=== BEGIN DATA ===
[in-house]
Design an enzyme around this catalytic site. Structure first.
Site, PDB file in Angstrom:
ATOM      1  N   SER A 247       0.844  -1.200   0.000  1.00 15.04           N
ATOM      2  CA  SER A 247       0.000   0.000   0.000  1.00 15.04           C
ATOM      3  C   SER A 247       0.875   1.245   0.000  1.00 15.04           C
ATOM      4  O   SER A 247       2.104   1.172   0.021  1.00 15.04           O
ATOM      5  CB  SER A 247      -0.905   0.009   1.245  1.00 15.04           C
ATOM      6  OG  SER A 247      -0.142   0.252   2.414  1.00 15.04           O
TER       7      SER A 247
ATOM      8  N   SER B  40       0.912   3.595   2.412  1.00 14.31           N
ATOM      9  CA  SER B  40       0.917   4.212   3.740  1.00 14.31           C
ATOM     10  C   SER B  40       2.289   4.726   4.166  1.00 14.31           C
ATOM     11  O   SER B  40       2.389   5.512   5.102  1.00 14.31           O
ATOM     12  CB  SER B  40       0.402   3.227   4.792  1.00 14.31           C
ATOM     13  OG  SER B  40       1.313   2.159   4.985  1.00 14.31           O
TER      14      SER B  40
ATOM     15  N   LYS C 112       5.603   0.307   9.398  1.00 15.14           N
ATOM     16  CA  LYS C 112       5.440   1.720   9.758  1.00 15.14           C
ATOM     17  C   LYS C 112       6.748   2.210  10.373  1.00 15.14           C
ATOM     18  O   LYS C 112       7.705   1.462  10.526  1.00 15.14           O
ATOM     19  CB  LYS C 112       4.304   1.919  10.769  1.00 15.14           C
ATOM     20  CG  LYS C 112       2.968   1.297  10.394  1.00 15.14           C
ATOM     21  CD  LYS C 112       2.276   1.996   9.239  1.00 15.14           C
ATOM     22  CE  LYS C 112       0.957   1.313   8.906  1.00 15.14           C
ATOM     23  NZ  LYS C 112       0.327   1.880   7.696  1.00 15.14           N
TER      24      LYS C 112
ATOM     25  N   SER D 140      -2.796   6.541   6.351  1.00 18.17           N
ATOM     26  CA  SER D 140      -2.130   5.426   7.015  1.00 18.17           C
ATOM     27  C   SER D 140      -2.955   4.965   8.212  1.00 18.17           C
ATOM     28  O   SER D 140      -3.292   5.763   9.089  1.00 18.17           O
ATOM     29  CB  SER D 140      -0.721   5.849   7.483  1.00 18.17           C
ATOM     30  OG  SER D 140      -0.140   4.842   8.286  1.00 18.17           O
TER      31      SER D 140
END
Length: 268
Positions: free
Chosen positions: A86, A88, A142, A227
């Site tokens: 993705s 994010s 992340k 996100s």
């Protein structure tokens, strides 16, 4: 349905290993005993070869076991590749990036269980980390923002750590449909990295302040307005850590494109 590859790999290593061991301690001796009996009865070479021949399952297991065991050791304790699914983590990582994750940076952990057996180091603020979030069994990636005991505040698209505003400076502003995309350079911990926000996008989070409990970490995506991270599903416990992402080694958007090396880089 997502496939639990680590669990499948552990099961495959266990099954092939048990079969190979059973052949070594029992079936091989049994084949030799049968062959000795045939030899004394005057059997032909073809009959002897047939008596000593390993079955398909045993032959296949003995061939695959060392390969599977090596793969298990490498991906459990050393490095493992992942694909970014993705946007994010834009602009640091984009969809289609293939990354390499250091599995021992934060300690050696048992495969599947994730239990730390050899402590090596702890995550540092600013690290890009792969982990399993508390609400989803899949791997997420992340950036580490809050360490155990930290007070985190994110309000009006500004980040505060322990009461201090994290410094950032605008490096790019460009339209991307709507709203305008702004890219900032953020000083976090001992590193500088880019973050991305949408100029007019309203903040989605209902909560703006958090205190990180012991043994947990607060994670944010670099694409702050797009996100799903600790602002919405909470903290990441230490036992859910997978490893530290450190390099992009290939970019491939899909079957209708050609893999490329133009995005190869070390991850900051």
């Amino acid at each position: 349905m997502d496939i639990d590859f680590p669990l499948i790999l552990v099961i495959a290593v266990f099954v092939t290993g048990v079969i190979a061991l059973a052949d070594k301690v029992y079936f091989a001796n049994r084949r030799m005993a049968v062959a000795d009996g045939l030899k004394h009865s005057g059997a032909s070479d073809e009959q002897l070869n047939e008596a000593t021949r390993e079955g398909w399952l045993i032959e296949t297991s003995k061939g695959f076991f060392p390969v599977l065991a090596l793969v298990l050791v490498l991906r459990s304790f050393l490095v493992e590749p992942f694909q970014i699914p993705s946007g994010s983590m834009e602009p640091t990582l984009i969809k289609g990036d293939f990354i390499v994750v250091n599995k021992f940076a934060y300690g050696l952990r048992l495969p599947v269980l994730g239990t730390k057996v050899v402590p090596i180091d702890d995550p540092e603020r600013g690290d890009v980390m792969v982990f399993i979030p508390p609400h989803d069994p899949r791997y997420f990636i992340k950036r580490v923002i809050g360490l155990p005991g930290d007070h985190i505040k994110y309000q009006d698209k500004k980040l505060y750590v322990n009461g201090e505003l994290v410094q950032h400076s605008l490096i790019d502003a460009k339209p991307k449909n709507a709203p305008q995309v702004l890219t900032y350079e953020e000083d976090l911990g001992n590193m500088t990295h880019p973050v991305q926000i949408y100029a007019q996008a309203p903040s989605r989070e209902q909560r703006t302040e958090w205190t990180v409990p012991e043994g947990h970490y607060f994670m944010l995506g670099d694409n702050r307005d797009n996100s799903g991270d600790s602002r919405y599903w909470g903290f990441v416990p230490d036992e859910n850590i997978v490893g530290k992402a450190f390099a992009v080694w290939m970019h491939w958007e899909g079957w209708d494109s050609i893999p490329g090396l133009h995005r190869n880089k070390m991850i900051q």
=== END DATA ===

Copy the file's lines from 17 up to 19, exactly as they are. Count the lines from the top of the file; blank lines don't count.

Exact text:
TER      14      SER B  40
ATOM     15  N   LYS C 112       5.603   0.307   9.398  1.00 15.14           N
ATOM     16  CA  LYS C 112       5.440   1.720   9.758  1.00 15.14           C